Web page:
Analysts say the country's foreign policy needs to be reviewed in a bid to improve Iran's economic situation.
Tehran's foreign policy under fire
TEHRAN // Iran's insulated position in the world community is helping drive its stock market down, with analysts saying the country's foreign policy needs to be reviewed in a bid to improve its economic situation. Worried investors, many of them small shareholders, packed the main hall of the Tehran Stock Exchange this week, nervously watching the value of their equities fall as their stock index (TEPIX) plunged.
The falling value of shares is giving rise to growing concerns among Iran's investors about the impact of the global financial meltdown on the country's insulated economy and capital market. Equity market analysts said the TEPIX plunge came much later than those of other stock exchanges as a result of Iran's comparative isolation from international markets. Foreign investment in the exchange is scarce, and it does not invest in foreign stock markets and no foreign companies are listed on the TSE.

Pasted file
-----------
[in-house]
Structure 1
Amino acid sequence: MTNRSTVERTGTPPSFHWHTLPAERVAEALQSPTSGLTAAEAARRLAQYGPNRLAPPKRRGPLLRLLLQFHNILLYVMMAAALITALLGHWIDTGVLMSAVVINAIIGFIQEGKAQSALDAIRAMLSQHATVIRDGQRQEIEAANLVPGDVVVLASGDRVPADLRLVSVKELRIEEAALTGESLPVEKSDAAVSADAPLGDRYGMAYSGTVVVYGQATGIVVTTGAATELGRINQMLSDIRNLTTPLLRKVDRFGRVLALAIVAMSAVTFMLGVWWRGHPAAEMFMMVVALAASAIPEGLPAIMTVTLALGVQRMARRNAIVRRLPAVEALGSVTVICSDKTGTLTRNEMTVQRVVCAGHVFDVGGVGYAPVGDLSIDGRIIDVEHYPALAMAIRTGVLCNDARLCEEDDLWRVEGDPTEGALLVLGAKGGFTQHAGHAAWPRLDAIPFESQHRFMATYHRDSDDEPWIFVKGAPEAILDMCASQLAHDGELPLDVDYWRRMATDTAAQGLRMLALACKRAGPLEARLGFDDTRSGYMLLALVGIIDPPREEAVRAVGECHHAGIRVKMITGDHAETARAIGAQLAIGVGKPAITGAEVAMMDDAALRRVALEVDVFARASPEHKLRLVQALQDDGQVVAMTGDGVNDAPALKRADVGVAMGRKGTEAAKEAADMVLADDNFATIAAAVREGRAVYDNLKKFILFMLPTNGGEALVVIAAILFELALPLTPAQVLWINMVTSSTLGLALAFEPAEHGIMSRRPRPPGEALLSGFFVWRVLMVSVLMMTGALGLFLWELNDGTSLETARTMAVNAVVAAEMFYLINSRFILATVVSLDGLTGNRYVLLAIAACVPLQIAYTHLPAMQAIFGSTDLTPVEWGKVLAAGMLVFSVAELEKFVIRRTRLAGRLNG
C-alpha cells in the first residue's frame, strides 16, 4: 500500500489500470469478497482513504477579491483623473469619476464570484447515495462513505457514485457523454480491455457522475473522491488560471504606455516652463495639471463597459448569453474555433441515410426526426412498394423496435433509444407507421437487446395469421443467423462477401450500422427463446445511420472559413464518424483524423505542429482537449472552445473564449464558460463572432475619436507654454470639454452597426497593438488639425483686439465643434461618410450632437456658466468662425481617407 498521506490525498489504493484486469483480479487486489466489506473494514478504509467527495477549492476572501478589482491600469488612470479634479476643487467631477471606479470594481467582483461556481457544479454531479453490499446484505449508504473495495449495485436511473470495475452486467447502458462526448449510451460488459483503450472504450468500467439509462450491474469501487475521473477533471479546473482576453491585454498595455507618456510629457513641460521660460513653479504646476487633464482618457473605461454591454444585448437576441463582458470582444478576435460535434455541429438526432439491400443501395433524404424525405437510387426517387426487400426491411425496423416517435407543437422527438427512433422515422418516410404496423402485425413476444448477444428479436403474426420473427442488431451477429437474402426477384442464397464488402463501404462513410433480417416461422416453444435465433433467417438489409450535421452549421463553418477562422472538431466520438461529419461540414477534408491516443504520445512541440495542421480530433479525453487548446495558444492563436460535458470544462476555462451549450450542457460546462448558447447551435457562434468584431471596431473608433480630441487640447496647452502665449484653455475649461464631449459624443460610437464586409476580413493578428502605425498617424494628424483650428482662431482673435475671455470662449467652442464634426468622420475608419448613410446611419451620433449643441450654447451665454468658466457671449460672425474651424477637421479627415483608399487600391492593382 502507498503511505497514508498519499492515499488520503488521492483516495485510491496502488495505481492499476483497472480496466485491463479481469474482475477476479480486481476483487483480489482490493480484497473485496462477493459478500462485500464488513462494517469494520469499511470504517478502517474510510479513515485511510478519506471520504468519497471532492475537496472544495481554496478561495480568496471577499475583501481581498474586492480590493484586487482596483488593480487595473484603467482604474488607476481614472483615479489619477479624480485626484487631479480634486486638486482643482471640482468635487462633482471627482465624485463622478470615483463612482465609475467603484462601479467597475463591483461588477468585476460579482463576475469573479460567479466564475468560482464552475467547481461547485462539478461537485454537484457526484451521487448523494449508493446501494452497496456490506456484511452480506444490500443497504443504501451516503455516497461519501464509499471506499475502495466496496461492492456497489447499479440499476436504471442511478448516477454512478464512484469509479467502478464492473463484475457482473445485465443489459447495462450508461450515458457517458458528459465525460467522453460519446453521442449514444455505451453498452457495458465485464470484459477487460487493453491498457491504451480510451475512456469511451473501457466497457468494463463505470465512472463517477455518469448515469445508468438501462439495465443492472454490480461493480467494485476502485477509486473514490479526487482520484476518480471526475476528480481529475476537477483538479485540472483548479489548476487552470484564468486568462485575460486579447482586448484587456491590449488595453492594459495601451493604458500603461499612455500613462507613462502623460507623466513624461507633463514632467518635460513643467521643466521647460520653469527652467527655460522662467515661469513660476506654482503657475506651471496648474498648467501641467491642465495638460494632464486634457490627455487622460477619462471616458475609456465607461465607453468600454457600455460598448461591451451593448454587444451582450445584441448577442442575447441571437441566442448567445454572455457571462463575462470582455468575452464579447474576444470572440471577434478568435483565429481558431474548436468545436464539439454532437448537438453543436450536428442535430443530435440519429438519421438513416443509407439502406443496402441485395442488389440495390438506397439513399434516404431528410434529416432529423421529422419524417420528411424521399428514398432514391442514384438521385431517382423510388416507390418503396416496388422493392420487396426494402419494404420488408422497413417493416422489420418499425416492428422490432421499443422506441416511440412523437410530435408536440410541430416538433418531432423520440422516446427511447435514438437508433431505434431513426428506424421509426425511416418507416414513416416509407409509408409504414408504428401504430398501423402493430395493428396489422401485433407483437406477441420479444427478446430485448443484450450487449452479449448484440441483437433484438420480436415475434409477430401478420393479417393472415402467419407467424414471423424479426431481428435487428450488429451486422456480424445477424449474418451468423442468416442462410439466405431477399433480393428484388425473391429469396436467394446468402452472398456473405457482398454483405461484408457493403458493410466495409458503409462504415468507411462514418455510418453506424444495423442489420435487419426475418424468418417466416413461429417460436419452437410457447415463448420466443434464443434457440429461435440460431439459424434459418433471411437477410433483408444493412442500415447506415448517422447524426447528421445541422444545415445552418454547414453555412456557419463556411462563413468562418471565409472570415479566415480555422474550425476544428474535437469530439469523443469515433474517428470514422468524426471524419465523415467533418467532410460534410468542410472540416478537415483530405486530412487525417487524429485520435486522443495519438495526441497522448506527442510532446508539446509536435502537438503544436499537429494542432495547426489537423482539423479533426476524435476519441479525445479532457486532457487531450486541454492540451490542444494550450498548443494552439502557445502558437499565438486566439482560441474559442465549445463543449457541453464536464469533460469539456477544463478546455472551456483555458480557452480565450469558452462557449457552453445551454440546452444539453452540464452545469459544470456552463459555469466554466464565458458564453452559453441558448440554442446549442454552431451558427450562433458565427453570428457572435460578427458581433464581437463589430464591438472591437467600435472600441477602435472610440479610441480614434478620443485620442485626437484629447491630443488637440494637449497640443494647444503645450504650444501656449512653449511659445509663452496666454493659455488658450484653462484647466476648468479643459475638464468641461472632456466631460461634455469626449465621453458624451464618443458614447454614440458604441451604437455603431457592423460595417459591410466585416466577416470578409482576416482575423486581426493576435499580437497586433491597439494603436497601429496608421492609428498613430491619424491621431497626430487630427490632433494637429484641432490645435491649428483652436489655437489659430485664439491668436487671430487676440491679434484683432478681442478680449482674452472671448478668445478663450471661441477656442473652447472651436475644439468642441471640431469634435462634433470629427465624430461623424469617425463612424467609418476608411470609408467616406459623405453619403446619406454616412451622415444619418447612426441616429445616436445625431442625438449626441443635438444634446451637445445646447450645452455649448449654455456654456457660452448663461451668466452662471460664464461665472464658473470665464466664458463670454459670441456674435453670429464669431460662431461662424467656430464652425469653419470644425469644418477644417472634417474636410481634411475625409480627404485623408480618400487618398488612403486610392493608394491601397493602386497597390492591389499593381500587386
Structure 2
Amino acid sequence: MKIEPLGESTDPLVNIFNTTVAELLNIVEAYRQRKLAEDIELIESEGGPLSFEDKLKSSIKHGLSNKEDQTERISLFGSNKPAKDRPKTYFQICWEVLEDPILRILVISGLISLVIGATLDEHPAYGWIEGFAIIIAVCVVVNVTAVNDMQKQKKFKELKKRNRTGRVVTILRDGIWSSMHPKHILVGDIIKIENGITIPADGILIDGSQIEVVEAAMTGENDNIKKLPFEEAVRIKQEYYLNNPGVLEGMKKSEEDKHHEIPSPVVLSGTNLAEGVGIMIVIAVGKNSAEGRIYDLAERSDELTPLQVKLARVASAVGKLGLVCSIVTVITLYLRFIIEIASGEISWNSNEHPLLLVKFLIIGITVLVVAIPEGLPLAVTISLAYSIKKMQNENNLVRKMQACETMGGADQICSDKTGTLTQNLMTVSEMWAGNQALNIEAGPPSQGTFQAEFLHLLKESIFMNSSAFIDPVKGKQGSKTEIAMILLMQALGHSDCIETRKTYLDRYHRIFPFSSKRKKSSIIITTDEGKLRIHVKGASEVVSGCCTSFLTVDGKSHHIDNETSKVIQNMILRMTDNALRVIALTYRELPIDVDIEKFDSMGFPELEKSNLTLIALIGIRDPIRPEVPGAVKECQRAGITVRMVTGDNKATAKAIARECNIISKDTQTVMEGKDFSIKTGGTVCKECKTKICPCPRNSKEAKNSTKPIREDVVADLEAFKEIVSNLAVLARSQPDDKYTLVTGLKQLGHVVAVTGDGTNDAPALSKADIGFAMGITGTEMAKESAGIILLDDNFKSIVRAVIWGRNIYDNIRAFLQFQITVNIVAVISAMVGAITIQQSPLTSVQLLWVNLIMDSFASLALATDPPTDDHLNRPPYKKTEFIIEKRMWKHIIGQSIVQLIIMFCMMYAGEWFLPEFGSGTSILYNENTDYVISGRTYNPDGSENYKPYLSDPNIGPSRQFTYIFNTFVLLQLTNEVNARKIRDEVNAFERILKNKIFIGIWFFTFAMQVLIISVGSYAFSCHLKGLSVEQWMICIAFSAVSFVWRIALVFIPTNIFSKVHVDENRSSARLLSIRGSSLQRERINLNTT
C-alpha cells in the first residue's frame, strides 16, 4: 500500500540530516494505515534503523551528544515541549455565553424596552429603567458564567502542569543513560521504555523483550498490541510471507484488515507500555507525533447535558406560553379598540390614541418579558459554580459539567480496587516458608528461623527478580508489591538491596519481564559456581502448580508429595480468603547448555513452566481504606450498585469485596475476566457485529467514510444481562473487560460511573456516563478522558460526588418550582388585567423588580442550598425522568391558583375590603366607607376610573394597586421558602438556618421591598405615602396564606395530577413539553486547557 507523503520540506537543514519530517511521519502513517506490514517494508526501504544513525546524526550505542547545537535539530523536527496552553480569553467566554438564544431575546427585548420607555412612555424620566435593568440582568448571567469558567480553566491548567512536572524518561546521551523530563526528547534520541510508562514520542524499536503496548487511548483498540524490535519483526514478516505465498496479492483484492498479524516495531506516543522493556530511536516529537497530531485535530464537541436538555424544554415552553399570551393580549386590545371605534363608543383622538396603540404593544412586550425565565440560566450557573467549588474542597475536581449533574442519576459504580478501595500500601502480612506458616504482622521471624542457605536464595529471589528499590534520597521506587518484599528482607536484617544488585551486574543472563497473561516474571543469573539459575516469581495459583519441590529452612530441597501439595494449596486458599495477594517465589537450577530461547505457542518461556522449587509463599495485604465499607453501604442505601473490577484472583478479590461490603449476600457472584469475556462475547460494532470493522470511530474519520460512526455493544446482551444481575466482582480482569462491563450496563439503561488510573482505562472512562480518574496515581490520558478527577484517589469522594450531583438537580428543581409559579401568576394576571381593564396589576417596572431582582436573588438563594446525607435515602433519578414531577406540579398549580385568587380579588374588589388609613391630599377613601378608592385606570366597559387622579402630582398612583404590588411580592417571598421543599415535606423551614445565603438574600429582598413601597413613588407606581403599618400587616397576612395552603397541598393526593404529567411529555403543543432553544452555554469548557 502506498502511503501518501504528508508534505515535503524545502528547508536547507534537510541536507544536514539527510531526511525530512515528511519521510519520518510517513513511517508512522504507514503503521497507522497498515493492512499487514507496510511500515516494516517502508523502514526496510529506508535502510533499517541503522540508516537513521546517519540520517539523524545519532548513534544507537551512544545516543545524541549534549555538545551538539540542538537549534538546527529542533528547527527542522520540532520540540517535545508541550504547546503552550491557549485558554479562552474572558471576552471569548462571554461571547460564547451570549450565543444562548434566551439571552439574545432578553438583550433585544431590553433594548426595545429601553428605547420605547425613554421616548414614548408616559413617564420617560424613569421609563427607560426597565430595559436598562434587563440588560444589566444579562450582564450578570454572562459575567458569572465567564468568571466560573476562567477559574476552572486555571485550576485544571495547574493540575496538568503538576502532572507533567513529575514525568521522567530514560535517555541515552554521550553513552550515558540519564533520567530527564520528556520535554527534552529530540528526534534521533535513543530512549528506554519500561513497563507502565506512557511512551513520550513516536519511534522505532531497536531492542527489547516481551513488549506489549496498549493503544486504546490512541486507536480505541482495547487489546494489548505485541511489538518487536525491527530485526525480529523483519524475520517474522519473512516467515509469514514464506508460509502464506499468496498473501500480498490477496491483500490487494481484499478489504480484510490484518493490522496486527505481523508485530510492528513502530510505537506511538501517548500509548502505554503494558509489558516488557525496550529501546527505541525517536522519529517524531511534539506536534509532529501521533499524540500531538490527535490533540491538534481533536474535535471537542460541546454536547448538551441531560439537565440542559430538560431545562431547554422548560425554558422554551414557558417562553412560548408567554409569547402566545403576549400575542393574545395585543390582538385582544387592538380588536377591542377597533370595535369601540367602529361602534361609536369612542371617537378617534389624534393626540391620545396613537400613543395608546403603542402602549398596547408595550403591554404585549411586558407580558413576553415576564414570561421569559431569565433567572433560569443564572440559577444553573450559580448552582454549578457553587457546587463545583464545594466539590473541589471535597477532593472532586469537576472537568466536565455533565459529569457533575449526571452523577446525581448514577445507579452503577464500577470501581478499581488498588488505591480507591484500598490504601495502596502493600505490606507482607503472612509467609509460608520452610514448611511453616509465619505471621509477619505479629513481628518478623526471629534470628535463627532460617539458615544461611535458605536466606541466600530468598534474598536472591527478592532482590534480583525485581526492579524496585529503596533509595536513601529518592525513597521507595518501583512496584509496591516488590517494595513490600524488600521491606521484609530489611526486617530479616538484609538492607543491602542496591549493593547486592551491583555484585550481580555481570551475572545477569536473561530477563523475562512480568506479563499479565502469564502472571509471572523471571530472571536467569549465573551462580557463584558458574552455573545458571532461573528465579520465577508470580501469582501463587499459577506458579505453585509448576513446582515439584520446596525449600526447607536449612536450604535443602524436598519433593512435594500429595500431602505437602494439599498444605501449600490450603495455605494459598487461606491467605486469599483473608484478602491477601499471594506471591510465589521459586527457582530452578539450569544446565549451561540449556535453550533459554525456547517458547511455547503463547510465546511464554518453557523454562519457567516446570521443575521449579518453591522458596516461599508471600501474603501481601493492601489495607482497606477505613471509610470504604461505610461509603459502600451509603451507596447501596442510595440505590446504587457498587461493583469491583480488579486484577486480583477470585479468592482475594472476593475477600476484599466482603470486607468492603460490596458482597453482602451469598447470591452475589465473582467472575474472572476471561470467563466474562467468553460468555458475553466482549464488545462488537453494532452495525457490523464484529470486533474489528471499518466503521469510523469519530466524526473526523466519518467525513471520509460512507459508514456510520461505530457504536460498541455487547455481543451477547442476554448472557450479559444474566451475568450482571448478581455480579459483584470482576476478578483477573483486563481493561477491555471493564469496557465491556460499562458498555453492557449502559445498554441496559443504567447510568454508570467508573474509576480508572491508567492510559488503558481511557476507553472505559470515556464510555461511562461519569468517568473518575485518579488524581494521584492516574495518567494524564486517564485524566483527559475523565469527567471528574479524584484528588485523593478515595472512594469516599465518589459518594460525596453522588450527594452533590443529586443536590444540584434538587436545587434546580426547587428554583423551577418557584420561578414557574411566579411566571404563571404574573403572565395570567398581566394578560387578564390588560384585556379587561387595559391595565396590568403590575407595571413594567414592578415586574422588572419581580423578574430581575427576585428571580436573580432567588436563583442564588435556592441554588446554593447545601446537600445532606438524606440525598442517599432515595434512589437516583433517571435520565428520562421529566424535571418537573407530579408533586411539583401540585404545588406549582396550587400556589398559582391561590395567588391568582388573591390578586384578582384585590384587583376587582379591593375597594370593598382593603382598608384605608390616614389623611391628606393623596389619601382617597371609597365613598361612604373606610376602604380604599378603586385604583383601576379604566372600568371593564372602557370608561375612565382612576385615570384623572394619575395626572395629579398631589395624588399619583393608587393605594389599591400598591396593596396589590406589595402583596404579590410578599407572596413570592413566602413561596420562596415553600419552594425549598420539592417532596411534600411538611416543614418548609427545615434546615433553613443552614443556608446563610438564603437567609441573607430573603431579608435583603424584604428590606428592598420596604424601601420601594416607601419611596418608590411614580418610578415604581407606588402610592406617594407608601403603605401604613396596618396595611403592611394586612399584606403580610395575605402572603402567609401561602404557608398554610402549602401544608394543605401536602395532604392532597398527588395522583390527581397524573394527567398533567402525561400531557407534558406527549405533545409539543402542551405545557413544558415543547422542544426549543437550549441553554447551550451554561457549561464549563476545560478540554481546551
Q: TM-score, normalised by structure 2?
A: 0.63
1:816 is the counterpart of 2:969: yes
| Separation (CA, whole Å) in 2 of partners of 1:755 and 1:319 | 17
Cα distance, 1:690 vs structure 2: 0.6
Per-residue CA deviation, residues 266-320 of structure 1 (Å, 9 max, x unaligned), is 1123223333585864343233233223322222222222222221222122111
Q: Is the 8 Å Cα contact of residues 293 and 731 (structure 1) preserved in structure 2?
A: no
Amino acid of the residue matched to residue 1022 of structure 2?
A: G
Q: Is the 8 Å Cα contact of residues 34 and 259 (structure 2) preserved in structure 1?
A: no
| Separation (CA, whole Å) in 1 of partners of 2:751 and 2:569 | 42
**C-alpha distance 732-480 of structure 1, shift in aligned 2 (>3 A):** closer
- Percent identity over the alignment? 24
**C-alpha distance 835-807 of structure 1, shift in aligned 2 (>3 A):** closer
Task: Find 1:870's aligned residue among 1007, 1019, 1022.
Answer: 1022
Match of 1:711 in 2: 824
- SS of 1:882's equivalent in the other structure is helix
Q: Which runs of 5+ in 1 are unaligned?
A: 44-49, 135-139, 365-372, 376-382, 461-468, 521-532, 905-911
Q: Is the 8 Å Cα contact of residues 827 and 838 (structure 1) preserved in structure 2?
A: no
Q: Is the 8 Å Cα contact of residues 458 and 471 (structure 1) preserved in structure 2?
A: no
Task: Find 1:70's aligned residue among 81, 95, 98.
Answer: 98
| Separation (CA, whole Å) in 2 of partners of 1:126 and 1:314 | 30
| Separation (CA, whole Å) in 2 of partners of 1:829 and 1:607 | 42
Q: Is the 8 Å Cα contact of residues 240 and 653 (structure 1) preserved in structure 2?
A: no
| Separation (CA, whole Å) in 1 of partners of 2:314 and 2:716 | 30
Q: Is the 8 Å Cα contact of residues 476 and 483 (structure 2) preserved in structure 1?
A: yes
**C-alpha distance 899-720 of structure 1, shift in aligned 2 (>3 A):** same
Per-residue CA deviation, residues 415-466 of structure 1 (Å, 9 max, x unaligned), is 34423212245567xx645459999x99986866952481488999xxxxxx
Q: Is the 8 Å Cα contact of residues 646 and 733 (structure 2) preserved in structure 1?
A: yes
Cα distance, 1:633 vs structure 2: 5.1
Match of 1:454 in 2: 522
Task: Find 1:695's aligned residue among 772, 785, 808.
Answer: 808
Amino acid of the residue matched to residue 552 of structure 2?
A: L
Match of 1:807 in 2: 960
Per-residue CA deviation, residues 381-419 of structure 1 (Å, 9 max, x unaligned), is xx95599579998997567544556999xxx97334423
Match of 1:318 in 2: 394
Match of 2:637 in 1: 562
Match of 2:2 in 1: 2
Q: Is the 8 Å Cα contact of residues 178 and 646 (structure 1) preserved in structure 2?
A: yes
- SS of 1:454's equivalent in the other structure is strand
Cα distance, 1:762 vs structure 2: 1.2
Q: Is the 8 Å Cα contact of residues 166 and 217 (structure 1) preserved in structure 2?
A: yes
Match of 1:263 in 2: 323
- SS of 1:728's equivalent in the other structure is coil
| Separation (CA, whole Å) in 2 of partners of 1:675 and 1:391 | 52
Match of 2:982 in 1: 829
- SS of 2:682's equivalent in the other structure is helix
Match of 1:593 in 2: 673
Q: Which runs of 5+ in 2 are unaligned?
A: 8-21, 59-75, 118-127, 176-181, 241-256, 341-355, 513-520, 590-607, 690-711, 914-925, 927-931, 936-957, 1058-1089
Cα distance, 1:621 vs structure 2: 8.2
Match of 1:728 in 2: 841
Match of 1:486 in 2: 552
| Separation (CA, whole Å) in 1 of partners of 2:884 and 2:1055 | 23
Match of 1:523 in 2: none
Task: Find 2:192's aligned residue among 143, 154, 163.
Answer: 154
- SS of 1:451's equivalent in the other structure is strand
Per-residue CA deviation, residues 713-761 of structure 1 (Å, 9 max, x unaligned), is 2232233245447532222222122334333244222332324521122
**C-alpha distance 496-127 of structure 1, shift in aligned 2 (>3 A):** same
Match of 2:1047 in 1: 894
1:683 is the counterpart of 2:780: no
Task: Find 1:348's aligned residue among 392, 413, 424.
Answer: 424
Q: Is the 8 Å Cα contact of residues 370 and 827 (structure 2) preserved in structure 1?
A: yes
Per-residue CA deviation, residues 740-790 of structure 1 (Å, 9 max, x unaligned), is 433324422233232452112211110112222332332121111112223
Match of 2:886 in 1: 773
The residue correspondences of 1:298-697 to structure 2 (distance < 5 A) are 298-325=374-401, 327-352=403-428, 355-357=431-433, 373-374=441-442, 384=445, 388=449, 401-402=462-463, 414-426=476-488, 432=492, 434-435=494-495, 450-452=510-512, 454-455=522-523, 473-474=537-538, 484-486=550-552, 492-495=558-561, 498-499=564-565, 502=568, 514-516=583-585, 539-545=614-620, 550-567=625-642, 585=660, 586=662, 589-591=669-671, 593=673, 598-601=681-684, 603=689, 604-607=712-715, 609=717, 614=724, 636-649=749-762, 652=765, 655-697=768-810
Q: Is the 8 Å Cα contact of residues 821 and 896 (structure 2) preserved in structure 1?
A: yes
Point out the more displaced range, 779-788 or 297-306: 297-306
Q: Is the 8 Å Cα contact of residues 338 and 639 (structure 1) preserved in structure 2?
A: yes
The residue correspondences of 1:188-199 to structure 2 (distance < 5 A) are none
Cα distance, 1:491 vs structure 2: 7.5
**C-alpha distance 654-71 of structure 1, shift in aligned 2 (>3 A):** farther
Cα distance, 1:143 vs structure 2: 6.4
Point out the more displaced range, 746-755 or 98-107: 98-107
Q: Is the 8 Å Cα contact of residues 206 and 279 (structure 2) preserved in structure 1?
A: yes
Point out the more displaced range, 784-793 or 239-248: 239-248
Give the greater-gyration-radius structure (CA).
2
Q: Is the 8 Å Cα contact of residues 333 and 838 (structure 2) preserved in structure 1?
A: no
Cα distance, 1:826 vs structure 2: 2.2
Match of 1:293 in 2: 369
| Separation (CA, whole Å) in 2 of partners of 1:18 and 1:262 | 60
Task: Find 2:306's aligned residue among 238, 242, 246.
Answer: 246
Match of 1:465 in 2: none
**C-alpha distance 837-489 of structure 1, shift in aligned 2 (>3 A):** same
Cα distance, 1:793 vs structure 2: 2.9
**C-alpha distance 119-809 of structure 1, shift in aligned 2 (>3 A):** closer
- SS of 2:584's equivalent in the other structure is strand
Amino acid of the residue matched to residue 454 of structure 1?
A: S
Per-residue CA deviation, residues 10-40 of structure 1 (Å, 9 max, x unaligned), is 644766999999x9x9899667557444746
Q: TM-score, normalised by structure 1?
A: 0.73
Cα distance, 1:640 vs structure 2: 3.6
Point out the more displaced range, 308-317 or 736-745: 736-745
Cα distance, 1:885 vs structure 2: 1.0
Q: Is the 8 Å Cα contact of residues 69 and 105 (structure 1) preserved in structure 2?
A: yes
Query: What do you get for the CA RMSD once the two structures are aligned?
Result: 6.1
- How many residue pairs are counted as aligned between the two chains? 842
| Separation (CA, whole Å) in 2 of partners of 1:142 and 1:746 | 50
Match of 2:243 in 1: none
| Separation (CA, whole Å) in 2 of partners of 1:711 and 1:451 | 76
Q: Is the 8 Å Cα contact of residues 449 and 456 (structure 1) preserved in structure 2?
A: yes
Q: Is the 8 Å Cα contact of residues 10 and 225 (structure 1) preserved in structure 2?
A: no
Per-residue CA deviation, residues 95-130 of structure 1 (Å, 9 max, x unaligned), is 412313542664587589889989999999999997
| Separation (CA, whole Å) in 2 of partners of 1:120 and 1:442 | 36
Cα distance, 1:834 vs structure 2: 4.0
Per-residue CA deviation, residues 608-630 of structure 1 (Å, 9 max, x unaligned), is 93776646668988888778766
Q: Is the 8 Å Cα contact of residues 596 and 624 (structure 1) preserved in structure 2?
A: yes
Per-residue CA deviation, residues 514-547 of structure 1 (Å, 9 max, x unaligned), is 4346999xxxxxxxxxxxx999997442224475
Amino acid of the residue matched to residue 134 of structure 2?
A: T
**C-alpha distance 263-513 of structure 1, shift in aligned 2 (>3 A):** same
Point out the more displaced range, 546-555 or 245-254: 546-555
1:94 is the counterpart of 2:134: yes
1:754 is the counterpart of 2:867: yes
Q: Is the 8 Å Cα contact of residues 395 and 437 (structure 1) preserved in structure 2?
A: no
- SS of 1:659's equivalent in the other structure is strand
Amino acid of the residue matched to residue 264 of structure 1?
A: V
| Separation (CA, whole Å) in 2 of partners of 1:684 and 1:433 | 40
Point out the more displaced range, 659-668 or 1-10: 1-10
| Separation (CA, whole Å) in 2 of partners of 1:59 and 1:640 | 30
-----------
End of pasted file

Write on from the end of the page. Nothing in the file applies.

Some market analysts said by adopting a foreign policy aimed at eliminating tensions with the international community, the government can help improve the economic situation and boost the stock market. "Tensions caused by the foreign policy of the government impose huge costs on companies and cause feelings of insecurity in investors," Behzad Rouhi, a board member of Aria Stock Market Brokerage, was quoted by the Sarmayeh economic newspaper as saying. "President [Mahmoud] Ahmadinejad and his economic team are trying to convince the nation that our economy can't be hurt hugely by the global meltdown because of its independence from the international markets and that the economy will be improving soon," said Reza, a stockmarket broker who requested that only his first name be published. "But such reassurances are not going to dissuade scared investors from cashing their equities as fast as they can. They are hearing about the trouble everywhere else in the world and no amount of reassurance can convince them the same won't happen here too," he said. The TSE index dropped to below the 9000 mark for the first time in five years on Saturday and the trend continued during the week. The TSE capitalisation loss in the past three months is estimated at more than US$15 billion (Dh55bn), despite considerable gains this year that placed it among the world's top three fastest growing equity markets. The TSE value is now about $50bn, down from $67bn in July. The first shock plunge occurred at the end of October when the sharp fall in equities in metal-producing companies caused a $3bn loss on the market in just one day. Bourse officials said the still continuing drop in metal producers' equity values is a result of decreased demand for their products in the international markets. The share values of many other companies, including shipping and telecommunications companies and private banks, have been declining. The shortage of cash and the plunging prices of metals in international markets are cited by Iranian bourse authorities as the main reasons for the falling indices. The managing director of the TSE has advised shareholders to be patient, but investors are not so confident. "The future of the global economy doesn't look good at all. We can't live in isolation and our economy too can be seriously affected. If things go worse there should be money on hand," said Hamed Taghavi, 46, a car parts dealer and investor in real estate and the stock market who said he was going to sell his Telecommunications Company shares as fast as he can. "Cash is rare in all capital markets these days. The real estate market, for example, has been stagnant for some time now and it is very hard to sell property." Mr Taghavi said he invested heavily in the TSE this summer when it was booming. "It didn't last very long," he said. "I am seriously thinking of getting out of the market with as much cash as I can." email@example.com